Postprint version. Published in Journal of Biomechanics, Volume 48, Issue 11, August 20, 2015, pages 2903-2910.
At the time of publication, author Javier de la Fuente was not yet affiliated with Cal Poly.
The definitive version is available at https://doi.org/10.1016/j.jbiomech.2015.04.025.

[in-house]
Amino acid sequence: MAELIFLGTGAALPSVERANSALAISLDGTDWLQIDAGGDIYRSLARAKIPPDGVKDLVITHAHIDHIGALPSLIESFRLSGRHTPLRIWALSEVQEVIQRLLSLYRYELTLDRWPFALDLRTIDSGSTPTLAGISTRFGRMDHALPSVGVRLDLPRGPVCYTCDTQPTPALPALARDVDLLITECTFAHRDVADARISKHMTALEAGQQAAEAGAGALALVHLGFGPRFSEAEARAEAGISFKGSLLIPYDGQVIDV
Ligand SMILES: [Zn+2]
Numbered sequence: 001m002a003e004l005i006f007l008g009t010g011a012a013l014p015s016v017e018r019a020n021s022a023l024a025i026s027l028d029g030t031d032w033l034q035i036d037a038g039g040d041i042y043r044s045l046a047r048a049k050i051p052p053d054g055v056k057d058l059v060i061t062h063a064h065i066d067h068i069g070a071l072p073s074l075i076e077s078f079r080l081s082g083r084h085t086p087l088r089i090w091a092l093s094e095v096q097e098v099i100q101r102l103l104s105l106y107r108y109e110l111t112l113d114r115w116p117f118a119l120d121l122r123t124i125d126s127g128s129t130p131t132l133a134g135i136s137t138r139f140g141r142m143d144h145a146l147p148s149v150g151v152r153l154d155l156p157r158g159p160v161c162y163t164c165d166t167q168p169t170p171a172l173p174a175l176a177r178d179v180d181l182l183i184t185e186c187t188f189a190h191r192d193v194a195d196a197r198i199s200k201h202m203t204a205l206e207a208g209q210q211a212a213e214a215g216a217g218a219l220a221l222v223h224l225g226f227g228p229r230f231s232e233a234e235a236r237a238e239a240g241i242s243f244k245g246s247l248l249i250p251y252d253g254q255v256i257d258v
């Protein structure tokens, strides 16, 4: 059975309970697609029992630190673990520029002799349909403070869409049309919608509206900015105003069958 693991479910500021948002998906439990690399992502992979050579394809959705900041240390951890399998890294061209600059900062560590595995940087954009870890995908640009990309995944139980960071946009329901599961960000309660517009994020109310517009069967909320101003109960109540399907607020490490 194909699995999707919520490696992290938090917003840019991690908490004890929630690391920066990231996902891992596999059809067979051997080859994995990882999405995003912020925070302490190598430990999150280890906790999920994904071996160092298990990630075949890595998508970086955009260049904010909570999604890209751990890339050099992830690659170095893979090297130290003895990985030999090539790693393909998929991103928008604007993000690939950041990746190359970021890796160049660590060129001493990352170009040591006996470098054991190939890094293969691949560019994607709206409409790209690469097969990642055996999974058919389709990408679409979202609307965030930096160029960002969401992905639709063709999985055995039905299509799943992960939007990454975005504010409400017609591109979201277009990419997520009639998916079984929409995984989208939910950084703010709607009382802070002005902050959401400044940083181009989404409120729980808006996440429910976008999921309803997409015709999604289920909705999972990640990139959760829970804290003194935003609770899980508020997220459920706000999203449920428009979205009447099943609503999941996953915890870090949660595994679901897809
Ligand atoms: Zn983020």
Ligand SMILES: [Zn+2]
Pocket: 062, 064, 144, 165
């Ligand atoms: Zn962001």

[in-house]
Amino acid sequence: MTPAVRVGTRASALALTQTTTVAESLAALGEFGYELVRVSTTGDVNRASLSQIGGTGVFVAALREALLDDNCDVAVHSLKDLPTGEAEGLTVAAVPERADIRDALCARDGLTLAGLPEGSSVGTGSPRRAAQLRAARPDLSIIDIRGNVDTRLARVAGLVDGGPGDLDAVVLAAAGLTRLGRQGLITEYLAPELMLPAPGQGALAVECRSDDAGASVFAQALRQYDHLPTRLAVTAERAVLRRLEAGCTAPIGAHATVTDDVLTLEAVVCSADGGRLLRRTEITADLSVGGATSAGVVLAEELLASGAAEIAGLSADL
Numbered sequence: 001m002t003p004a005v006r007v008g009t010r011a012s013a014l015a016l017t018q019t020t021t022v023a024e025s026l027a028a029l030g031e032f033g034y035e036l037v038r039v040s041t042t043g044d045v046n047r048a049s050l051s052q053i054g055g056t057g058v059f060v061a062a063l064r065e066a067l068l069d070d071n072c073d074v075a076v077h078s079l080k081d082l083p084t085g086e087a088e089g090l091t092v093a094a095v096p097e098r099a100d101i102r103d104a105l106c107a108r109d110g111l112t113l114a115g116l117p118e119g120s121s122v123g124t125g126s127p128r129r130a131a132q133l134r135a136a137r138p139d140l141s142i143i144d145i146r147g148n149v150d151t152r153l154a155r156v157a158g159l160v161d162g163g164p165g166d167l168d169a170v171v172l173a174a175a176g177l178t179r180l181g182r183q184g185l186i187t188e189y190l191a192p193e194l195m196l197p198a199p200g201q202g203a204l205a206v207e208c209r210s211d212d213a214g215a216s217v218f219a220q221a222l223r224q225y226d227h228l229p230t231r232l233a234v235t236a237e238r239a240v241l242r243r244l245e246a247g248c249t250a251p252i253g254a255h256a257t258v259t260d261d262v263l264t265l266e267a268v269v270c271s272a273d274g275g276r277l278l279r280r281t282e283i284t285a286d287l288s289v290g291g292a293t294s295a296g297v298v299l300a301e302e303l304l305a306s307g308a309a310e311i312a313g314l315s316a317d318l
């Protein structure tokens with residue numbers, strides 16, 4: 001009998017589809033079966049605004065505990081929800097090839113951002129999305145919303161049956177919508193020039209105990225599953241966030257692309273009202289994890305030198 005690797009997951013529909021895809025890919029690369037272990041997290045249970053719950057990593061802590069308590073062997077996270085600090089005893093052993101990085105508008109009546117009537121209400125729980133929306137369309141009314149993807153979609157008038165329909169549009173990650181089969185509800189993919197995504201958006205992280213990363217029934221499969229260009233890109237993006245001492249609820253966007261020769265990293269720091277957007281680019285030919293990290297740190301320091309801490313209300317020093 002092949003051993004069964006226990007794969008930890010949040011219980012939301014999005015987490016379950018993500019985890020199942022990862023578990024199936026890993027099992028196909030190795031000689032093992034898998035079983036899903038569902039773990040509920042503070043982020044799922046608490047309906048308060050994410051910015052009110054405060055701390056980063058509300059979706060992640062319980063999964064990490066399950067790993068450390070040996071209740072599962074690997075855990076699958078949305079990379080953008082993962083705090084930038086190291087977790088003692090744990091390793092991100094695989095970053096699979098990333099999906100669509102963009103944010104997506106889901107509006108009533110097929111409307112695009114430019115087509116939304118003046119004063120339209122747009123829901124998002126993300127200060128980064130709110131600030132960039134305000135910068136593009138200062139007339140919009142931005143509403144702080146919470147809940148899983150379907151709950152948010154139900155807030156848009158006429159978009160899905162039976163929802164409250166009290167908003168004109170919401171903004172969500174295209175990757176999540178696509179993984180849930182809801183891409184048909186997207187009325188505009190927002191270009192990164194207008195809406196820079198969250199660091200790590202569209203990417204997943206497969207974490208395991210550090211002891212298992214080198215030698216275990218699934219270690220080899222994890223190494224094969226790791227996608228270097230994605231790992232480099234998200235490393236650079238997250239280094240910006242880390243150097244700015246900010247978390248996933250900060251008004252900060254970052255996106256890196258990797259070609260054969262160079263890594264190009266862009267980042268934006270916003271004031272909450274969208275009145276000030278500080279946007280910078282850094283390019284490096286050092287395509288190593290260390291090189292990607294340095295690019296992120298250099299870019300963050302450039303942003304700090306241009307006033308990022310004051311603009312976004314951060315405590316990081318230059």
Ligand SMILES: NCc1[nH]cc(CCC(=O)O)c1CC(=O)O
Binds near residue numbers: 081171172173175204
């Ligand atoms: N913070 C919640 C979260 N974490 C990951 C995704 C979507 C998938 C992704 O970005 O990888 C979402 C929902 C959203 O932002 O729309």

Loss of hand function can have adverse effects on an individual's ability to maintain independence. The ability to perform daily activities, such as food preparation and medication delivery, is dependent on the hand's ability to grasp and manipulate objects. Therefore, the goal of this research was to demonstrate that three dimensional (3D) modeling of hand function can be used to improve the accessibility of handheld objects for individuals with reduced functionality through informed design. Individual models of hand functionality were created for 43 participants and group models were developed for groups of individuals without (Healthy) and with reduced functionality due to arthritis (RFA) of the hand. Cylindrical models representative of auto-injectors of varying diameters were analyzed in 3D space relative to hand function. The individual model mappings showed the cylinder diameter with the highest mapped functional values varied depending on the type of functional weighting chosen: kinematic redundancy of fingertip pad positional placement, fingertip pad orientation, or finger force directionality. The group mappings showed that for a cylinder to be grasped in a power grasp by at least 75% of the Healthy or RFA groups, a diameter of 40 mm was required. This research utilizes a new hand model to objectively compare design parameters across three different kinematic factors of hand function and across groups with different functional abilities. The ability to conduct these comparisons enables the creation of designs that are universal to all – including accommodation of individuals with limits in their functional abilities.